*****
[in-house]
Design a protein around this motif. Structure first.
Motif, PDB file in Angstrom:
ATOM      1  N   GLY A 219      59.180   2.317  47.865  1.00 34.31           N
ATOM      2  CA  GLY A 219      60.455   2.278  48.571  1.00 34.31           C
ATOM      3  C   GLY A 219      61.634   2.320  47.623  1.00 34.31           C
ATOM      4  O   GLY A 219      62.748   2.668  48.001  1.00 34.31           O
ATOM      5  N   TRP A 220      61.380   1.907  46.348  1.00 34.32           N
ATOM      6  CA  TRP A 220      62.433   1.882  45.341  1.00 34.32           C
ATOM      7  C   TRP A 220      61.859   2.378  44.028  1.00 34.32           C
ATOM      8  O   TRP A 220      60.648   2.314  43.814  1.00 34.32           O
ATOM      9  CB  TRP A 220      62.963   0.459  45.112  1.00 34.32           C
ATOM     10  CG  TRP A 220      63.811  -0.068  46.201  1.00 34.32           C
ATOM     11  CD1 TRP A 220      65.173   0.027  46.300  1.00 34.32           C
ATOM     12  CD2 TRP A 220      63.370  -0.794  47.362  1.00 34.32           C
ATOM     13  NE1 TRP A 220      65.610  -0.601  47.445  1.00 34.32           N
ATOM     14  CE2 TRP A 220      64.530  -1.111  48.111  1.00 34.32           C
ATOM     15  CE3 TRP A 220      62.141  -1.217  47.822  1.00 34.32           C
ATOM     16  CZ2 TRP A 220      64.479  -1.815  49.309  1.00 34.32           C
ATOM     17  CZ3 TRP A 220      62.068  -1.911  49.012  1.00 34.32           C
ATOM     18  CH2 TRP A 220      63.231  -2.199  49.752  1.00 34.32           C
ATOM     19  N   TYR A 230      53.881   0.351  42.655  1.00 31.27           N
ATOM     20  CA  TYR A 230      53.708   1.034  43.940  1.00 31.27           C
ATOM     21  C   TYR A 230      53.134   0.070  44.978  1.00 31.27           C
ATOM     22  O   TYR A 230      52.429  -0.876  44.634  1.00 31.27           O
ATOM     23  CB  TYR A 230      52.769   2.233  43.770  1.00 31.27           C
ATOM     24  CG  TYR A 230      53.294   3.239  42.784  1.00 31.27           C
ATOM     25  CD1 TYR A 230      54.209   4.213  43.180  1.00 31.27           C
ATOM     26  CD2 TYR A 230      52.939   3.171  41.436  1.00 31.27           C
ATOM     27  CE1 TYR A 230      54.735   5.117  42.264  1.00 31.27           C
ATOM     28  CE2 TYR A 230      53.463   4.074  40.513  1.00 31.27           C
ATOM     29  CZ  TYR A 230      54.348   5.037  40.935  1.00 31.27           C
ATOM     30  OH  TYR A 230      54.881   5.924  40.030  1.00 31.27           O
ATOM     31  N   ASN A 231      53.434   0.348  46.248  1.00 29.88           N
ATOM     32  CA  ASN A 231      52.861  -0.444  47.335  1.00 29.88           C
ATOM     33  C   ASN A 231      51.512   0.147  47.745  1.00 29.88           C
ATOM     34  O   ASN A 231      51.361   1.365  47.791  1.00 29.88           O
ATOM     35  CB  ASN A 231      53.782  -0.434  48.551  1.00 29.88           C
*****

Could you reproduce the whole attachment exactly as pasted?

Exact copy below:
[in-house]
Design a protein around this motif. Structure first.
Motif, PDB file in Angstrom:
ATOM      1  N   GLY A 219      59.180   2.317  47.865  1.00 34.31           N
ATOM      2  CA  GLY A 219      60.455   2.278  48.571  1.00 34.31           C
ATOM      3  C   GLY A 219      61.634   2.320  47.623  1.00 34.31           C
ATOM      4  O   GLY A 219      62.748   2.668  48.001  1.00 34.31           O
ATOM      5  N   TRP A 220      61.380   1.907  46.348  1.00 34.32           N
ATOM      6  CA  TRP A 220      62.433   1.882  45.341  1.00 34.32           C
ATOM      7  C   TRP A 220      61.859   2.378  44.028  1.00 34.32           C
ATOM      8  O   TRP A 220      60.648   2.314  43.814  1.00 34.32           O
ATOM      9  CB  TRP A 220      62.963   0.459  45.112  1.00 34.32           C
ATOM     10  CG  TRP A 220      63.811  -0.068  46.201  1.00 34.32           C
ATOM     11  CD1 TRP A 220      65.173   0.027  46.300  1.00 34.32           C
ATOM     12  CD2 TRP A 220      63.370  -0.794  47.362  1.00 34.32           C
ATOM     13  NE1 TRP A 220      65.610  -0.601  47.445  1.00 34.32           N
ATOM     14  CE2 TRP A 220      64.530  -1.111  48.111  1.00 34.32           C
ATOM     15  CE3 TRP A 220      62.141  -1.217  47.822  1.00 34.32           C
ATOM     16  CZ2 TRP A 220      64.479  -1.815  49.309  1.00 34.32           C
ATOM     17  CZ3 TRP A 220      62.068  -1.911  49.012  1.00 34.32           C
ATOM     18  CH2 TRP A 220      63.231  -2.199  49.752  1.00 34.32           C
ATOM     19  N   TYR A 230      53.881   0.351  42.655  1.00 31.27           N
ATOM     20  CA  TYR A 230      53.708   1.034  43.940  1.00 31.27           C
ATOM     21  C   TYR A 230      53.134   0.070  44.978  1.00 31.27           C
ATOM     22  O   TYR A 230      52.429  -0.876  44.634  1.00 31.27           O
ATOM     23  CB  TYR A 230      52.769   2.233  43.770  1.00 31.27           C
ATOM     24  CG  TYR A 230      53.294   3.239  42.784  1.00 31.27           C
ATOM     25  CD1 TYR A 230      54.209   4.213  43.180  1.00 31.27           C
ATOM     26  CD2 TYR A 230      52.939   3.171  41.436  1.00 31.27           C
ATOM     27  CE1 TYR A 230      54.735   5.117  42.264  1.00 31.27           C
ATOM     28  CE2 TYR A 230      53.463   4.074  40.513  1.00 31.27           C
ATOM     29  CZ  TYR A 230      54.348   5.037  40.935  1.00 31.27           C
ATOM     30  OH  TYR A 230      54.881   5.924  40.030  1.00 31.27           O
ATOM     31  N   ASN A 231      53.434   0.348  46.248  1.00 29.88           N
ATOM     32  CA  ASN A 231      52.861  -0.444  47.335  1.00 29.88           C
ATOM     33  C   ASN A 231      51.512   0.147  47.745  1.00 29.88           C
ATOM     34  O   ASN A 231      51.361   1.365  47.791  1.00 29.88           O
ATOM     35  CB  ASN A 231      53.782  -0.434  48.551  1.00 29.88           C